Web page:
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Elected Members - Freedom of Speech?

A recent judicial review in the Administrative Court has offered clear guidance on statements made by elected members. The Judicial Review provides direction on whether statements as such are able to be made within freedom of speech, or whether that right is qualified as a consequence of the holder being in a political office and therefore subject to a code of conduct.

The case involved a Councillor in Ealing posting on his blog material relating to the Southall area, and made comments about the largely Indian community therein.

As a consequence of this blog, there was extensive local press coverage and a residents' petition from the community in Southall.

A complaint was made to the Monitoring Officer of the Council. This complaint was investigated and a hearing was held where the Councillor was found to have breached the Code of Conduct, in that the blog entry had failed to treat others with respect and had brought the Council and the Office of Councillor into disrepute. The remedy sought was for the Councillor to consider issuing an appropriate apology. The Councillor (who did not attend the hearing) then issued judicial review proceedings to challenge the decision on the basis that :-

(i) the Council had not provided adequate reasons for its decision; and
(ii) that the decision was unreasonable and irrational on the grounds that the blog did not justify the finding of a breach of the Code, and that such a finding was an infringement of his right to free speech pursuant to Article 10 of the Human Rights Convention.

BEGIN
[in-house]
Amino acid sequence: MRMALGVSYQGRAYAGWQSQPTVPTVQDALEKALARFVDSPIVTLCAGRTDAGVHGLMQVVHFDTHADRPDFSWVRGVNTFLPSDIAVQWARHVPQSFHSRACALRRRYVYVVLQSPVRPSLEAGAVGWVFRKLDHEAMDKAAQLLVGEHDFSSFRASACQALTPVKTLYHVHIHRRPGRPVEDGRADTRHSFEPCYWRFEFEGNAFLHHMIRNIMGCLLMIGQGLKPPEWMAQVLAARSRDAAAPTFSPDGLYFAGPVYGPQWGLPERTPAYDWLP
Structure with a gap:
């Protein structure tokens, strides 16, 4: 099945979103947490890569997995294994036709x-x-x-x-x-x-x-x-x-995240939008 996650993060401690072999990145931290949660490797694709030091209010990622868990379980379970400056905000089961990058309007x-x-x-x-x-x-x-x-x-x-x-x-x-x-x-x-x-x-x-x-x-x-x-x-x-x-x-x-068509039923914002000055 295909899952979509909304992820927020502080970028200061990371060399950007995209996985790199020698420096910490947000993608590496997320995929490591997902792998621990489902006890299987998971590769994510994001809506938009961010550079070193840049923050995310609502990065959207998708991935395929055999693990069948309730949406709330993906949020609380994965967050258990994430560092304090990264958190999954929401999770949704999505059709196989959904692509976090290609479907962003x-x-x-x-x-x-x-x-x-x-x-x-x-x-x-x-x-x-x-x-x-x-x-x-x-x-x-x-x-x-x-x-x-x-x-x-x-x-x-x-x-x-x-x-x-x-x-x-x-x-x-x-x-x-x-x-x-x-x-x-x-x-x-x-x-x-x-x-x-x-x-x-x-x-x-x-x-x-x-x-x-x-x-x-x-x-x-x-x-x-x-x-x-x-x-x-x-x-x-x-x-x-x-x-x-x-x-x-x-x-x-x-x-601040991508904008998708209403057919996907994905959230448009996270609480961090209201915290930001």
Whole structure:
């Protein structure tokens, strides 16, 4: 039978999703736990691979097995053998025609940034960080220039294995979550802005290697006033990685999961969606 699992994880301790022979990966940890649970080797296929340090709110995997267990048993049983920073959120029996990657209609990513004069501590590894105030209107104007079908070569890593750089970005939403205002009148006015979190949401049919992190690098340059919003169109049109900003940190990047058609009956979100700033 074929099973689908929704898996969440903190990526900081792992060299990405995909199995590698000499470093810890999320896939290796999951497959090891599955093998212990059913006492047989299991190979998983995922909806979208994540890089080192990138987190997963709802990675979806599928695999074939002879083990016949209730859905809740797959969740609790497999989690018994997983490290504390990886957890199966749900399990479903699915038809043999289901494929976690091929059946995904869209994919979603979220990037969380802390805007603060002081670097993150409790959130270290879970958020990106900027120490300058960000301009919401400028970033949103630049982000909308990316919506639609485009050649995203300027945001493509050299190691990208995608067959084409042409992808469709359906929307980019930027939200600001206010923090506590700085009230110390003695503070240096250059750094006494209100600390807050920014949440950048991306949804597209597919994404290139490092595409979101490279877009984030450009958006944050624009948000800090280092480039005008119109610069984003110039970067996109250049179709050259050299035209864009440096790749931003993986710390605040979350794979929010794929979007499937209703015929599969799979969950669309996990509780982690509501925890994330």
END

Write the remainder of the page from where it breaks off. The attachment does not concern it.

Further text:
The application for judicial review was dismissed and the reasoning behind the Judgment is particularly helpful when considering whether elected members have breached the Code of Conduct and effectively failed to treat others with respect and/or brought the Council or the Office of Councillor into disrepute.

Dealing with the first point - adequate reasons - the report clearly set out the reasoning for the decision the Council reached and contained an analysis of the Councillors rights under Article 10 and was therefore said to be sound.

Of more interest is how the issue of free speech was dealt with, and the implications of Article 10 of the Human Rights Convention and its interaction with the Standard's regime.

The leading authority referred to in the Judgment is Sanders -v- Kingston, where Wilkie J set out the three questions to determine where a member had breached the Code of Conduct and whether any sanction imposed was proportionate in accordance with Article 10 of the Convention on Human Rights.

The Matters to be determined

Was the Standards Committee entitled as a matter of fact to conclude that the Councillor's conduct was in breach of the relevant paragraphs of the code of conduct?

In this instance, by virtue of the blog and its contents, the Council was in fact entitled to conclude as a matter of fact that there were breaches of the Code.

Was the finding and the sanction in itself a prima facie breach of Article 10?

In this particular case the finding could be said to be a fetter to free speech, as could the sanction requesting an apology.

Is the finding and sanction a proportionate interference with Article 10 rights?

The comments advanced by the member in this case were said not to be the expression of a political view, but an unjustified personal and generic attack on a section of the public. The subjects of the speech were not politicians but ordinary members of the public and, as such, the comments did not attract the higher level of protection applicable to political expressions, and the comments would plainly have undermined confidence in local government and potentially brought the Council into disrepute.